I left the Greens and joined Labour after Ed Miliband left, in order to vote for Corbyn as leader. The other three candidates were, in my mind, the very reason I went to Greens in the first place. Dead eyed, corporate looking, no passion or want to actually challenge the status quo of neoliberalism. I was very pleased when Corbyn won. I thought finally, a left to challenge the right. That is the only way we’ll get centre again. And now, well, I’m considering cancelling my membership. Partly it is due to Corbyn. While I’ve agreed with nearly all of his proposed policies, he’s not been confident enough in conveying them. I understand that from day one the press were haranguing him. A leader can quickly become unelectable just because every one says it enough. I understand his own party hate him and don’t want him to achieve things as that’d make it less likely for them to promote the politics they want. But despite this, outside of the rallies and protests he attends (something I applaud him for) he doesn’t vocalise a challenge in the places people can see them nationally. I don’t think he can remotely be blamed for Brexit when press and politics have pushed the xenophobic anti-immigrant line for years now. But I blame him for not being louder in saying it was all bollocks and challenging it. As I blame all the other Labour politicians for doing the same. I’ve seen people I like tear themselves apart blaming one side or the other, but I really feel like no one is perfect and the depressing and much worse reality to realise is that both are to blame.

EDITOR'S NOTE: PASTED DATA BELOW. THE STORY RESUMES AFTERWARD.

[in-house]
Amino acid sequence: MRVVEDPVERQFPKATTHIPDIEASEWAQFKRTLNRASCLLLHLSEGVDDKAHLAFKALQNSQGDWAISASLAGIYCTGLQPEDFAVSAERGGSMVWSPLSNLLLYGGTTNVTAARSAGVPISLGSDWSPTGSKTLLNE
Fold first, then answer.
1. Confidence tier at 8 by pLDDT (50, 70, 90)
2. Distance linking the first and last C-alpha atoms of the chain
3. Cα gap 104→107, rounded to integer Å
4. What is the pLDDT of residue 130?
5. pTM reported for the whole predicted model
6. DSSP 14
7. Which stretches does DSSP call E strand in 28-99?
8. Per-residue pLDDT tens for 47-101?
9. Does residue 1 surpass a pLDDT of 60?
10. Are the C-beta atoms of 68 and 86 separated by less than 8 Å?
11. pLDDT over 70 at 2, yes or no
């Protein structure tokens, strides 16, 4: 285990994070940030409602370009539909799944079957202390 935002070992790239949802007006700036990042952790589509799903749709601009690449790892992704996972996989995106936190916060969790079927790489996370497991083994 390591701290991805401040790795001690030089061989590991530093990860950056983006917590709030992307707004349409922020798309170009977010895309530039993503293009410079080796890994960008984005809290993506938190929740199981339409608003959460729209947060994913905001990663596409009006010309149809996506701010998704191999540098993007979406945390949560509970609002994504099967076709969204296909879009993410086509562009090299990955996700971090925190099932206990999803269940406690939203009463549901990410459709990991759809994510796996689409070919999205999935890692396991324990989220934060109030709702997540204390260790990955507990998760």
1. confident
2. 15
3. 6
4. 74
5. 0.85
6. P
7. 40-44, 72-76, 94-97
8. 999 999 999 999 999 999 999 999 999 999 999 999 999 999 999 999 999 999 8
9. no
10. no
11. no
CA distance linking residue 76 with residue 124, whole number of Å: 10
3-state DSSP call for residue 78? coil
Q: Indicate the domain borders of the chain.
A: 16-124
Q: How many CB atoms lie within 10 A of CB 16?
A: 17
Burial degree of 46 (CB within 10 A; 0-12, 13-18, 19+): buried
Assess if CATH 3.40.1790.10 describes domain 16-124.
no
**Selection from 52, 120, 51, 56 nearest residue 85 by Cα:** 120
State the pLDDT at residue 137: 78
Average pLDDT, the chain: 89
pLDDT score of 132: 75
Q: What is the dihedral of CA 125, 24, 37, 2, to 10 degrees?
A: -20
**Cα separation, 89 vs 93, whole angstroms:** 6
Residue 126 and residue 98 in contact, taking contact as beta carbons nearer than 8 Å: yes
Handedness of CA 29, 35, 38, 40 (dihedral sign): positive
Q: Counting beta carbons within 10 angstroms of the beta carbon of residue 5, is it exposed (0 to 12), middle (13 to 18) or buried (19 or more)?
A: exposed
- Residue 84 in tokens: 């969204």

That’s where I am now. I feel angry that his party didn’t attempt to work with him. I feel angry that they didn’t say from day one, ‘we’ll help you promote a challenge to neoliberalism’, ‘we’ll help you work as leader’. The side that is good at PR work with the side that are good at meeting people and direct action. I’ve seen many say ‘a leader should be able to rally his MPs together’. Well not if they are adamant from day one that they don’t want to be due to massive ideological differences. Labour have spent 6 of the past 16 months in leadership challenges because there are too many coaches and not enough players. And none of the coaches are offering anything I want. I don’t want an opposition that isn’t again. I don’t want one that agrees to all the cuts the Tories are making then sits back and says ‘well we’re no good at the economy so what would we know?’ I don’t want one that ignore why people voted for Corbyn in the first place. Or why people voted for Brexit. Or why it’s happening in America too. Or across Europe. And I don’t want a Party who don’t have a clue what policies they want and will just be a shadow cabinet in the sense that they just hide behind the government, doing what they do, but less so.

‘Labour are down the polls even though the Tories are divided’. It’s always been a game to the Conservatives, always. It’s why they can pretend to be divided over the EU referendum and while things have definitely been shaken up since, you won’t see them fighting each other now. It’s not a game for Labour because they’re losing constantly and they can’t understand why shouting about how unfair that is won’t get anywhere. Why blaming each other for it makes them seem even less admirable. I remember being told at an Edinburgh festival years ago that the trick with PR is to sell your show. Even if audience numbers are low, say they are high. If reviews are bad, say they’ve been good. No one will question it. That’s what the Conservative government have always done. They keep reassuring us what they’re doing is brilliant while everyday we see it crumble around us. Meanwhile Labour tell us the seats they win aren’t good enough, that its someone else in the Party’s fault. That they can’t be an effective opposition because they aren’t letting themselves be an effective opposition.